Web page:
Neil and the others who were on it were disappointed when the trial of GDNF was discontinued.

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I think it was about a week or two weeks I noticed I could write more, I could keep it on the line. It was, it wasn’t getting smaller, it was getting, I could read it. I could do things like sensitive, turn over heavy milk bottles, turn tissues, whereas before I couldn’t do that. And I thought, “This is great.” And then he said, “Every month you’ve got to come . . .” I’ve got to go back. He said, “It lasts, it only lasts a month, then you’ve got to be topped up.” And then, “Oh, this is great. This is the cure.” And the company, the drug company who owned the, who developed the drug, they come down from America to see, to see us all, because they couldn’t believe the results. Because they always thought it would take about two to three years before you see any, any improvement and to see somebody in two to three months walking, doing things. Because they’re, they’re, they’re different tests from, in America. They weren’t convinced they had done it right in the hospital I was at. So they done all sorts of tests like finger clicking and touching your nose and doing everything like that. And they was amazed. She said, she even said, “Oh, it, it’s, it’s cured it.”

 

But, unfortunately, that, that went on for about two, no, was it? two years. I had my life back. And then all of a sudden we just got a phone call out of the blue from the hospital saying the drug, all top ups now had been suspended. They just pulled the plug on it. Of course we was all devastated. Thought, “What’s going to happen now?” But I, well, I was, I was one of the lucky ones, because whereas they used, because they’ve got a pump in them, they used to pump, they used to pump all the, the, the drug up to you, but they didn’t turn mine off. They used to, they had to turn everybody’s pump off and put some, what do you call, saline solution in, just to keep the, the pipes all washed and clean. 

 

But for about three months I was going in there and I couldn’t understand why they was getting me in and just telling me to go home quick. But then I found out if I did stop they was topping me up all the time with this drug, which they shouldn’t have been, because they believed that if they had one person they could still show results. But eventually they was forced to stop. So, but all the other nine have had their pumps taken, all their wirings, but I’ve still got mine in. And then, that went on for, oh, about two years. And we was all, we was ringing each other up, we was all going, “How are you?” “Oh, I’m poor, I’m bad now.” And then they, they always said to us after the first operation, “You, if you want, you can always, if you feel like it you can always have the, the DBS operation. There’s no question you will get that.”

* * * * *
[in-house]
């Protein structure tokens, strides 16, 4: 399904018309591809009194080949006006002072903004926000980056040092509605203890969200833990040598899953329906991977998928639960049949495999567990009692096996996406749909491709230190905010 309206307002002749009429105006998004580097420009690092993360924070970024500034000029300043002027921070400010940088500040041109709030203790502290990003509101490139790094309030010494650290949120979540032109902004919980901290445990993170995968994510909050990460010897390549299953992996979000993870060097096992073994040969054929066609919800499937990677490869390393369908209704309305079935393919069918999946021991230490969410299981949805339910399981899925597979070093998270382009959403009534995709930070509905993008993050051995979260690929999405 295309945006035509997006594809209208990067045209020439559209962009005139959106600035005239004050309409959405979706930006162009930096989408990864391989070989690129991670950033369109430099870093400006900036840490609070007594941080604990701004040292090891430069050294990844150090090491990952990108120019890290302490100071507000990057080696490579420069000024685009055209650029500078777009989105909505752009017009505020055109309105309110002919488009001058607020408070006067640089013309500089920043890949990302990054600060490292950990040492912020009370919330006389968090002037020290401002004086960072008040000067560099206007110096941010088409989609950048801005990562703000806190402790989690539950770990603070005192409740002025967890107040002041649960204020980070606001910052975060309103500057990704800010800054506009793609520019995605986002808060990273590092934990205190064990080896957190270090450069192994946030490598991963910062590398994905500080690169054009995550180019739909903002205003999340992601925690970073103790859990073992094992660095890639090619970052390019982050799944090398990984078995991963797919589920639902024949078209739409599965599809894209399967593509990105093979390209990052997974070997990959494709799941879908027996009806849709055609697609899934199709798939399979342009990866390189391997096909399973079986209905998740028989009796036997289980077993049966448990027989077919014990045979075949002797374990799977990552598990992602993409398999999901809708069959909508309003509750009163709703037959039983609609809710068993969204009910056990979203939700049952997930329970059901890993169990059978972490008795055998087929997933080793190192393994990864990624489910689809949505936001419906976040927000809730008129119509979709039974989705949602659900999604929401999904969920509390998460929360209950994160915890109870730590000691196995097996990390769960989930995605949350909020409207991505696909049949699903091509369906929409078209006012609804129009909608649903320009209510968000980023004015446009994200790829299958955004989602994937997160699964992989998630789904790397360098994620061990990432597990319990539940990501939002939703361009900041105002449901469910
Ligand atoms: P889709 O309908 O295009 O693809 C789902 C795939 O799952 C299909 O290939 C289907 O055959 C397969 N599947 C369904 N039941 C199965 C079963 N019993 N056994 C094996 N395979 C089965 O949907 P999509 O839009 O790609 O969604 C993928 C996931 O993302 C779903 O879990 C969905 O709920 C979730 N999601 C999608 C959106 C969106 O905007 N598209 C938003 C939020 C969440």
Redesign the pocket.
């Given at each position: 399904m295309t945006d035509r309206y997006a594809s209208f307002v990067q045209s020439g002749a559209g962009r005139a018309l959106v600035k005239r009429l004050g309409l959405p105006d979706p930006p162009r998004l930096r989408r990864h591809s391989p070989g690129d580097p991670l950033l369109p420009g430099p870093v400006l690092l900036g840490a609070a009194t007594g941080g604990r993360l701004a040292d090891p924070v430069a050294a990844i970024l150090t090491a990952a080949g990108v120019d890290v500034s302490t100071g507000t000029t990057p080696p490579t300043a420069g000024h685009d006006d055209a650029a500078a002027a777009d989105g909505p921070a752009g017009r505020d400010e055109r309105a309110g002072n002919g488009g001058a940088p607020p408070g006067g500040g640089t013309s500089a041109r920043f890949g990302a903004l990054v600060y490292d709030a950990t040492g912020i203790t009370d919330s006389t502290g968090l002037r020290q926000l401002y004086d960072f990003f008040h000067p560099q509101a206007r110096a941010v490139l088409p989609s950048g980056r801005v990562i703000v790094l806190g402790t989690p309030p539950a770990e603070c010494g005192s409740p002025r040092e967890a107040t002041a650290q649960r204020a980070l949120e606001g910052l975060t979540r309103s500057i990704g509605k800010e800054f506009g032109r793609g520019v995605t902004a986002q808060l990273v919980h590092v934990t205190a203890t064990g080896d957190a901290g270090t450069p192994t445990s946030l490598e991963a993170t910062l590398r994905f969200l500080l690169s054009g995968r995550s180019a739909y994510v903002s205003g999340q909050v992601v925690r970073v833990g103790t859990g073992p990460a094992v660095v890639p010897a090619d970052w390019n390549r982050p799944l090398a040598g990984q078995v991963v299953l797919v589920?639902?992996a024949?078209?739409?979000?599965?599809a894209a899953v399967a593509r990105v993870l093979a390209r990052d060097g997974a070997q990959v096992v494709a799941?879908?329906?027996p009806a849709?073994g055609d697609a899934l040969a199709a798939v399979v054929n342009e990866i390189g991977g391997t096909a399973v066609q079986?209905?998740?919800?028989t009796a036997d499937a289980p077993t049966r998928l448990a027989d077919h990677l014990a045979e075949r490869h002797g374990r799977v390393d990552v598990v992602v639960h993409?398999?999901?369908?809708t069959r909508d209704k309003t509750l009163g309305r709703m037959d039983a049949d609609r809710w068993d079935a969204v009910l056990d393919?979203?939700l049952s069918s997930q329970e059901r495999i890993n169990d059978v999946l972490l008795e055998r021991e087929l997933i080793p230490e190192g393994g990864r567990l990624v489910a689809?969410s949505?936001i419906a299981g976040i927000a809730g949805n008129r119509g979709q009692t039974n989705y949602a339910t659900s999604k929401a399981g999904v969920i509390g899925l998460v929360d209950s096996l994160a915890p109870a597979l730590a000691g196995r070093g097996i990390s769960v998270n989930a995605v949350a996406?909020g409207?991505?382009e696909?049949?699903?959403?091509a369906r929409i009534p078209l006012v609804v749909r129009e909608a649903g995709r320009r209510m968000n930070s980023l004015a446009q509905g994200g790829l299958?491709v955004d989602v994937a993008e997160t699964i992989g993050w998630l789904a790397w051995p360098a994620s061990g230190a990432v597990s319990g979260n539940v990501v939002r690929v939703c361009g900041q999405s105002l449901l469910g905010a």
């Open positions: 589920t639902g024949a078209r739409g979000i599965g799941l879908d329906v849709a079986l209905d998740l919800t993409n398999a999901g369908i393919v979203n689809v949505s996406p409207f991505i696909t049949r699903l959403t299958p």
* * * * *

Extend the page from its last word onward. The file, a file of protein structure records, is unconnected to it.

Neil describes two incidents when his slurred speech led to accusations of drunkenness.

Neil describes two incidents when his slurred speech led to accusations of drunkenness.

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Yes, it’s, the impression you give, you’ve got a job, it’s like, just slurred, everything’s all slurred. If people have never met you before, they’ll probably think, “Oh, Christ, he’s drunk.” Like I’ll give you an example, I went in a shop the other day in the morning. Because I weren’t too good, I was, you, you tend to drag your leg a bit, and your arm, people with Parkinson’s when you walk you don’t, my arms always straight down at my side. When I walked in this security bloke come up to me, he said, “No, you can’t come in.” I said, “Why not? I only want a packet of fags.” “No, you’re drunk mate.” Of course you’re ready to just blow your top. But anyway luckily I knew somebody who worked in the shop and she come out and explained to him. And of course he was all apologetic then. 

 

I can give another example. My eldest boy, it was back, oh, about a year or so ago, he walked, we had the garage door open and he, he accidentally walked into the garage door and gashed his eye. So I took him to the local hospital. Then because my speech was disturbed and slurred because I was concerned about him. The more frustrated I get, the worse it becomes. The receptionist, we was in this room waiting to see about his eye. I thought it strange that they come in, both of them come in the same room and he sat down and he said, “Do you want to tell us the truth now?” I said, “Pardon?” “You hit him.” I said, because they interviewed him as well, did I hit him? I said, “I can’t believe I’m hearing this.” He said, “The receptionist said that you was, you was, your speech was slurred and you staggered in.” So I said, “I can’t, I don’t believe you, you’ve asked me that.” So I said, “All right, I’ll tell you this, because I’m going, I’ve had enough of this now.” I said, “I’ve got Parkinson’s. I brought him in because he walked into the garage door, like he’s told you, and you’re accusing me of hitting him.” Well, of course they bent over backwards then, didn’t they? They wanted to know all about it. I said, “I ain’t got time for you.”
 

Neil used to keep a record of on and off times to tell the neurologist at his hospital appointment.

Neil used to keep a record of on and off times to tell the neurologist at his hospital appointment.

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Good days are brilliant. I can do, well, touch wood, I’ve had this week, I think, I used to keep a diary before we go to hospital every half hour, was it good that half hour. And I’ve been keeping a secret diary the last week or so in what they call ‘on’ when you’re good, and ‘off’ when you’re bad. And I usually get up about 7 o’clock. Go to bed about half-11, 12. So what’s that about 13,14 [hours], something like that. In all that time I was only off for about two hours, which is good. But then that was at night-time just before I was going to bed. So I used to sit down and watch telly and so, it’s good.